Due to the unique role that Product Managers play in most organizations, we’re often capable of being the strongest influences on the overall culture of the product development organization and of the company in general. And while there are many companies out there who are truly only interested in giving lip service to the concept of agility, there are others who actually want to be better, who want to embrace the concepts of agility — and it’s up to us as leaders to influence that and contribute where we can. While there are a lot of different behaviors that we can engage in which are likely to increase the adoption of agile practices across our organization, in my experience there are three key things that we should focus on if we want to broaden the success of agile adoption in our companies…
Create a Shared Vision
One of the defining characteristics of a successful agile environment is that the people involved in any effort are strongly aligned toward a shared understanding of the objective that they’re trying to reach together. And, as Product Managers, one of the most effective things that we can do to instill an agile culture is to establish a shared vision among the team members, and work with them over time to ensure that their efforts map to that vision. Most waterfall approaches are narrowly tailored toward micromanagement — we dictate what needs to be done, when it needs to be done, the order it needs to be done in, and apply complex change control to “ensure” that everything goes according to “plan”. In contrast, an effective agile approach doesn’t focus so much on the “how” but rather on the “what” and the “why” — and trusts that people will generally do the right things at the right time to achieve the right result so long as we allow them to do so. Perhaps the single biggest predictor of the success of a truly agile Product Manager is how well they can create and advocate for a shared vision amongst their team and their related stakeholders.
Focus on Outcomes
If we’ve got a shared vision on one end of the success spectrum, the other side of agile success lies in focusing on outcomes. Vision is great, and obviously necessary — but if we have a vision with no execution, we’re just treading water. But when we focus on outcomes, we need to be careful that we’re not falling into bad, old, waterfall-oriented micromanagement. We need to remain focused on the outcome — defining it, checking against it, and ensuring that each iterative step toward our shared vision delivers some amount of customer-facing value. However the team chooses to get there, whatever steps they take between committing to deliver and actually delivering — that’s entirely up to them. We do not dictate how people solve the problems what we put before them; we may set boundaries within which they have flexibility, but if we’re intimately engaged every single step of the way, we’re not trusting the team to do what’s right. We review the outcomes, we assess the quality of the work that was done, and we help to define the next iterative step toward the vision based on those outcomes.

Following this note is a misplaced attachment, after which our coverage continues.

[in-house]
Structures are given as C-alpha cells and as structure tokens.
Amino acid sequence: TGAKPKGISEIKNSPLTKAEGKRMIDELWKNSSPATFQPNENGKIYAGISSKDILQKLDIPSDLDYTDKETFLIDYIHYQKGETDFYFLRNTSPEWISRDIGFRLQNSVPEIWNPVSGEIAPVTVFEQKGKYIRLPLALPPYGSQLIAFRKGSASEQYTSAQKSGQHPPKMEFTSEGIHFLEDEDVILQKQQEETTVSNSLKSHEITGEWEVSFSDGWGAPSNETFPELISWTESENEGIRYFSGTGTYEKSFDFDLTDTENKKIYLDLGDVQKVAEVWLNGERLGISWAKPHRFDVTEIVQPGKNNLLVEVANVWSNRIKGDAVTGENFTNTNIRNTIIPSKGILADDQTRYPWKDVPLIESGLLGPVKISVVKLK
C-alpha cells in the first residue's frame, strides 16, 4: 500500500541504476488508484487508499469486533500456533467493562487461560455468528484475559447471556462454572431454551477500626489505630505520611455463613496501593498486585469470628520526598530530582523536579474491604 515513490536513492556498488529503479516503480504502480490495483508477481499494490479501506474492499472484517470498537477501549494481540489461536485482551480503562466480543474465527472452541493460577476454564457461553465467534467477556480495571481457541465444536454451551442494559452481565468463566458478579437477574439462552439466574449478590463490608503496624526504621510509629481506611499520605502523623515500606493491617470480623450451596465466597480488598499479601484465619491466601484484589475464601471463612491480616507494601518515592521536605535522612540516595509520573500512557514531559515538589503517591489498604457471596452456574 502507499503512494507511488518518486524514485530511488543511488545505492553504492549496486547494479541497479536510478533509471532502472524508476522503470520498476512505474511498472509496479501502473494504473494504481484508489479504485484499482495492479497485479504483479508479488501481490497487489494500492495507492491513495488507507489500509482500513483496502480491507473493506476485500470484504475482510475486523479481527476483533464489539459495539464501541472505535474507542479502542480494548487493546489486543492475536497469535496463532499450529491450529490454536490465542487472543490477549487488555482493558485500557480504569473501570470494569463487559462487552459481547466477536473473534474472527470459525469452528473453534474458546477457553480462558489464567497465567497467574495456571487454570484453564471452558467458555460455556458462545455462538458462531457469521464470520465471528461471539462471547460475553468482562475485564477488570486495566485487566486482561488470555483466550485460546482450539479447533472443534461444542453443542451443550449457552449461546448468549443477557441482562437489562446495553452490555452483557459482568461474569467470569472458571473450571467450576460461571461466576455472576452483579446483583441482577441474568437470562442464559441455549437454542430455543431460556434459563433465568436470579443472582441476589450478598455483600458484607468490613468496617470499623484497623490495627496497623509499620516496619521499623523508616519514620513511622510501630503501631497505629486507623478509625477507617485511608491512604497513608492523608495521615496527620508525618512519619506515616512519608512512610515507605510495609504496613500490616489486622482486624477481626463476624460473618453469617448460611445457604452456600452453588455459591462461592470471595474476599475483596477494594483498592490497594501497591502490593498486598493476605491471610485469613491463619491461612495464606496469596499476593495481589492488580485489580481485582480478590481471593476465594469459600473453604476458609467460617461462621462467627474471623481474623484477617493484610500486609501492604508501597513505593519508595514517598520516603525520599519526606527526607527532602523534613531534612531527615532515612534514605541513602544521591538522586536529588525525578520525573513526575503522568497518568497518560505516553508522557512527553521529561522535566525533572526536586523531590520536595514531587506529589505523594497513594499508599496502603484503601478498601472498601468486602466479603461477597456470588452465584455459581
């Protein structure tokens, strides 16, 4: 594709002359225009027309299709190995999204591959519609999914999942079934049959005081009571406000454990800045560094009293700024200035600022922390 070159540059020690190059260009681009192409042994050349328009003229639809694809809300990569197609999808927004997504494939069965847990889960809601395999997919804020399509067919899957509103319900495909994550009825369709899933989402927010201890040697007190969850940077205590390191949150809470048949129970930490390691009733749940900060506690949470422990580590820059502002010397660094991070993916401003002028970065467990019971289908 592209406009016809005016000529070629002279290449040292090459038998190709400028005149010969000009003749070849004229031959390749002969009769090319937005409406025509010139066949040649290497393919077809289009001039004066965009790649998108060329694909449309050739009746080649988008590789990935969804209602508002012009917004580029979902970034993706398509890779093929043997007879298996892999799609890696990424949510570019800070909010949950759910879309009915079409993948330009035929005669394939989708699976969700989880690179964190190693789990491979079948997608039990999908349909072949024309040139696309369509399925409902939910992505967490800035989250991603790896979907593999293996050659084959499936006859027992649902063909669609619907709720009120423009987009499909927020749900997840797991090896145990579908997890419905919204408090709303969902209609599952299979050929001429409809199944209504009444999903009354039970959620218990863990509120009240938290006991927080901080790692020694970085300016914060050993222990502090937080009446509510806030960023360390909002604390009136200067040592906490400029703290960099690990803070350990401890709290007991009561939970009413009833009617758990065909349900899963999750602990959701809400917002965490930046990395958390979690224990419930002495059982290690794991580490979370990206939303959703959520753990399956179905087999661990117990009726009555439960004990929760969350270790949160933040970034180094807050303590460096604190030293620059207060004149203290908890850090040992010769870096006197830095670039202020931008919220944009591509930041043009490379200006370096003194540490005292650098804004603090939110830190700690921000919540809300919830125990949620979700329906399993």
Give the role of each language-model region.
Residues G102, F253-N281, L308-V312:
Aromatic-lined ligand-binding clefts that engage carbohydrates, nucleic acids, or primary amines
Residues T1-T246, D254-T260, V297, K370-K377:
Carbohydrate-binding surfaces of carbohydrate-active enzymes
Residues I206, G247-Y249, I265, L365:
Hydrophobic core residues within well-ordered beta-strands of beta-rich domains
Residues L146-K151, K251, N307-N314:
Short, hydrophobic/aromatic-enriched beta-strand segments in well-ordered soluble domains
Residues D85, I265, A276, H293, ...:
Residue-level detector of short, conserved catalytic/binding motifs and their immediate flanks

While sharing vision and focusing on outcomes are two key behaviors that we can model as agile Product Managers, there is one key capability that enables us to be successful in both of these efforts — accepting uncertainty. The fundamental flaw of waterfall approaches is that every aspect is designed to create a false sense of certainty — from the detailed, time-consuming creation of “big, up-front requirements” (BUFRs) to heavy-handed change management techniques. All of these aspects make people feel like things are more predictable, better established, and more likely to result in the desired outcome, but they come at the cost of time and effort that’s wasted creating this facade of success. Perhaps the most important component of agile is a firm rejection of this false sense of certainty, of safety — and an acceptance that we simply can’t know everything ahead of time. As Product Managers trying to create and reinforce an agile culture, we absolutely must accept that we won’t know everything, that there’s no guaranteed path to success, and that iteration requires that we take small steps toward success and check ourselves every step of the way. Agile drives out uncertainty not by creating a false sense of security and predictability, but by accepting that we can’t be certain about anything other than what we’re currently working on — and even then, certainty comes in small, iterative steps toward our envisioned future and not by creating some security blanket crutch of business requirements.